Politically, practising tenacious gratitude and counting one's assets, both internal and external, is an act of rebellion in a market-based world. The global economy is predicated on growth. Economic growth is based on people buying lots of things, often. People buy more things when they feel unsatisfied or believe they are unsatisfying to others. Most of the advertising that oils the machinery of our economy is grounded on creating insecurities in people, particularly women. We are repeatedly told by the media that we are not skinny enough, smart enough, sexy enough, fragrant enough, cool enough, young enough, and not loved enough.

We receive thousands of suggestions a year that we are liable to lose the ones we love unless we buy certain things. Our whole society is set up to make us ungrateful. If we felt good about ourselves and continually blessed by God, who would buy all that stuff? Be subversive. Start by being grateful and observing God's blessings in your life.

A faithful response by a person practising gratitude is observed in the proper care of their body. Adequate food, exercise and sleep is an act of reciprocity to God for the gift of the body. That is, after I got through the grieving andl wallowing around in sadness and misery, I realized that I had very little control over the course of cancer except to improve my lot in life by treating my body well. I could increase the quality of my days, if not the quantity. I could die living instead of live dying. After I rose from my bed in the morning, an act of gratitude for just being alive in the world was to do those things that I knew would keep my quality of life up. I exercised regularly, ate healthy and slept well. I continue to do those things.

When I was living with the terminal diagnosis, suddenly I realized I had to ask the question of myself, "Did I really believe the things I told my parishioners Sunday after Sunday?" Ultimately I came to the conclusion that I did. As I began to think very strenuously about the possibility of an afterlife and whether there is a time of judgement within it, I was overwhelmed with a realization of my own sinfulness - of the times I have done things or left things undone that may have damaged others. I also thought about our corporate sinfulness, particularly about the issue of the residential school legacy of the United Church of Canada. How could good, caring people have taken First Nations people's children away in the name of education and then turned a blind eye while the worst kind of abuse was heaped on them? How do I know that I am not participating in some corporate sin now? Paul tells us that we sin even when we think we aren't sinning. Therefore, if we think our ticket to heaven is in living a flaw-free life or a sin-free life, we are doomed before we even get there (Romans 7:14-25). We can not know all things. We can not fix all things. We can not save ourselves. It is clear then that we must rely on the eternal promised love of God alone. We can not earn a spot in heaven, whatever that might look like.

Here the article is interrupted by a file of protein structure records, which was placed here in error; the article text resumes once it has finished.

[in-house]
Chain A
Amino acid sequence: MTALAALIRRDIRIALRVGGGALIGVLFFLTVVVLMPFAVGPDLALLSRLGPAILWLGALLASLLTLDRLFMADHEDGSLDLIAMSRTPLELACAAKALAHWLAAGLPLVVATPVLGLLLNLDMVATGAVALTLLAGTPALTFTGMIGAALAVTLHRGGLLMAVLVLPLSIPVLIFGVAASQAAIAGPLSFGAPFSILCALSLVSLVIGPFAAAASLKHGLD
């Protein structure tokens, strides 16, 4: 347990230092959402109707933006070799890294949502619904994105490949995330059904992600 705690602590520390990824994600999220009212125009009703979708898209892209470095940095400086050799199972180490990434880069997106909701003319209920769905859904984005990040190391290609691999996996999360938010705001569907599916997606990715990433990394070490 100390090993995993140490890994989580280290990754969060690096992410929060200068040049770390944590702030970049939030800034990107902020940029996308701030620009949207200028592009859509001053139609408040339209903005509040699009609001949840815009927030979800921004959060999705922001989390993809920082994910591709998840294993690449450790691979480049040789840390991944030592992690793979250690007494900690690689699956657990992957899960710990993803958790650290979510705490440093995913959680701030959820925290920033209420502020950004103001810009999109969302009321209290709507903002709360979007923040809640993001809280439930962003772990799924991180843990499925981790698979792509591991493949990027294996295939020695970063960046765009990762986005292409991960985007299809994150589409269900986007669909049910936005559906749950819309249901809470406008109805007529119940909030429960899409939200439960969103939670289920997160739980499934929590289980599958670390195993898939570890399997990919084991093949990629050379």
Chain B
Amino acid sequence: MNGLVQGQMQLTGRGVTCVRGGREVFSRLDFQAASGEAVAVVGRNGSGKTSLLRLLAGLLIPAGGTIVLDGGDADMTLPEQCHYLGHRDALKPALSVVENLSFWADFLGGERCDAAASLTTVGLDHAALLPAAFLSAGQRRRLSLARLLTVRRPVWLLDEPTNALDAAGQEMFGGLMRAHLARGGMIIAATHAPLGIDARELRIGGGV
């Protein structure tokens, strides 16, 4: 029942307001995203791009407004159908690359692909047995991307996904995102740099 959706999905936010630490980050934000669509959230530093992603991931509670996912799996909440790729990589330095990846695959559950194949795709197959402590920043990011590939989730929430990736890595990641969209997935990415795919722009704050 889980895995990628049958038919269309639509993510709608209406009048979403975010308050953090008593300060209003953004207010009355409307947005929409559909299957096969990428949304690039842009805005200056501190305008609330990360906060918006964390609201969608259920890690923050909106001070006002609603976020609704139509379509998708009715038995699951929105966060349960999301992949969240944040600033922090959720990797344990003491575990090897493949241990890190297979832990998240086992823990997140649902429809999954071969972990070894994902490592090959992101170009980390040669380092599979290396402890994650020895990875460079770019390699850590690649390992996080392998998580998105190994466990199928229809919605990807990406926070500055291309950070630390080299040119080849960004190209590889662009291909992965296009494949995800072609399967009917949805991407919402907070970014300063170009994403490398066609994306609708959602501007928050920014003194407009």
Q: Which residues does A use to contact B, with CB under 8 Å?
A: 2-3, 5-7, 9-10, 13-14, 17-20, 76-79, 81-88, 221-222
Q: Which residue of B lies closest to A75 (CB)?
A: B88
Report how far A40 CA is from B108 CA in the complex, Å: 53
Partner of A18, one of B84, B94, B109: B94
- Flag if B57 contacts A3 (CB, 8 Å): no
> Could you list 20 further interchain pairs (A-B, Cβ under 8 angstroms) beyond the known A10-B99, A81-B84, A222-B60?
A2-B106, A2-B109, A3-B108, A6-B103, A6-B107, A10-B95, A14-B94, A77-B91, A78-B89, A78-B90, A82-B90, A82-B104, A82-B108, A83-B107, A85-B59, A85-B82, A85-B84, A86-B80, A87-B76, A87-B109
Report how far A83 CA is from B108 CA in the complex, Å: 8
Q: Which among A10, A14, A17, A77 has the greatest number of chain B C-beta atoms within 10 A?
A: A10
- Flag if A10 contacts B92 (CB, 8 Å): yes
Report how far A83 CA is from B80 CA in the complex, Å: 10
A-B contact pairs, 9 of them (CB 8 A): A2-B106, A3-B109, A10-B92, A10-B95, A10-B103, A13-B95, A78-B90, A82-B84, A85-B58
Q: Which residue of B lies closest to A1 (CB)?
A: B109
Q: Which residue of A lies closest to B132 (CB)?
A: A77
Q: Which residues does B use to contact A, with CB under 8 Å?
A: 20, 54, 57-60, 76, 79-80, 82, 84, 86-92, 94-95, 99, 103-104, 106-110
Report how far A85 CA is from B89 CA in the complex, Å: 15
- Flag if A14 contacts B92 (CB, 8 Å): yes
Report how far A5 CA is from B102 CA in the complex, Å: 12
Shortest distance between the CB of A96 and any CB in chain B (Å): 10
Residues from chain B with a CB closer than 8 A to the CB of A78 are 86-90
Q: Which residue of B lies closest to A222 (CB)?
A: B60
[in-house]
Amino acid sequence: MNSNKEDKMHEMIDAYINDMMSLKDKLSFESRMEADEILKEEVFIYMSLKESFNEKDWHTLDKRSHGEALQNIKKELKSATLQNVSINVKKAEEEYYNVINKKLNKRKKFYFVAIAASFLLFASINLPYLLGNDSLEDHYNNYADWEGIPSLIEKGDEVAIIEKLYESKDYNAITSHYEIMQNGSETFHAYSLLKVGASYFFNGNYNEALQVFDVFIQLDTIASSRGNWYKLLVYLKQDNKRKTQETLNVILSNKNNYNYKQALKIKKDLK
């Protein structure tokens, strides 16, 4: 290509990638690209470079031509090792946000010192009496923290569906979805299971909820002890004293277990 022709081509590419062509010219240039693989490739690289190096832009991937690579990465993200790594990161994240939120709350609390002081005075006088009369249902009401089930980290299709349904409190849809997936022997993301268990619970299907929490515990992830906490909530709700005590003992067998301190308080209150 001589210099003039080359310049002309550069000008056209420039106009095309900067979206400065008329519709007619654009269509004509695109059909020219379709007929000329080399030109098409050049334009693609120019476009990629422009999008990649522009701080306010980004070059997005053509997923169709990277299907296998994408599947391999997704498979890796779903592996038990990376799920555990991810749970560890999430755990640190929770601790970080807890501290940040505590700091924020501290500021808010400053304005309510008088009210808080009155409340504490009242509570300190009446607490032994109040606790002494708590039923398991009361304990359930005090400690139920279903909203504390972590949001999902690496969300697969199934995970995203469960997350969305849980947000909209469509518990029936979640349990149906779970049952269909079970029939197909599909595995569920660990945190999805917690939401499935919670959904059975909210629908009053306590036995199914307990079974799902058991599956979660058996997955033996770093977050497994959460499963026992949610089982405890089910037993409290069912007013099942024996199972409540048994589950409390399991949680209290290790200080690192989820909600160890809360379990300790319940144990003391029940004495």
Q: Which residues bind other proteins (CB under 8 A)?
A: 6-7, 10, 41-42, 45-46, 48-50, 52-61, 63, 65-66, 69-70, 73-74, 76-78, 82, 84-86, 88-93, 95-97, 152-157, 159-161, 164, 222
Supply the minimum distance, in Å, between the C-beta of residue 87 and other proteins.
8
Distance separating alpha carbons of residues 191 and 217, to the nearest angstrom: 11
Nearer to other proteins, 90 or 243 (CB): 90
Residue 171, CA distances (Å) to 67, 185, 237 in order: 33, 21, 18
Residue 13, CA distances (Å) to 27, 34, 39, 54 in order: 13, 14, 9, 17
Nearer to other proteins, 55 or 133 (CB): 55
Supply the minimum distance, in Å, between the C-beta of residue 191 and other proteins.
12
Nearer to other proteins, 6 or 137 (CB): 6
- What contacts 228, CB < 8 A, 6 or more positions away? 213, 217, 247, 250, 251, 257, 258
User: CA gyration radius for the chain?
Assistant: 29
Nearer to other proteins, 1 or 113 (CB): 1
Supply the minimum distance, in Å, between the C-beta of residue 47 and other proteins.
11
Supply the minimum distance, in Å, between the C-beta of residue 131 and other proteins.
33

When I finally comprehended this, I took a step back and looked at my life. I believe I sat on so many committees and did so much church work because at some level I was trying earn a place in heaven. We don't have to do that. We are freely and infinitely loved despite our damaging ways. This runs counterintuitive to a market-based economic system that dictates we must earn everything. In our global economy, which is powered by the concept that anything scarce is the only thing that is valuable, the overflowing abundant nature of the free love of God is not valued. It is not rare or scarce. God's love is everywhere and available to everyone who opens themselves up to it.

It is that knowledge that ultimately freed me to live a life of more tenacious gratitude for grace. I love because God loves and I work in the world to relieve suffering as best I can. I do this as an act of faithfulness to the reality of that Love, knowing that as I do so I will necessarily do it in a flawed manner. I am human. You are human. God loves us and if we are good enough to be adored by God, we should love ourselves and love others as much as we love ourselves. This is important. If we don't regard our­selves positively with any kind of truth and intensity, neither will we love others. In fact, in hating ourselves we make damaging (sinful) decisions that hurt ourselves, others and the planet.

From
Just Wait... There's More: Surviving Cancer
Linda Yates
www.pottersfieldpress.com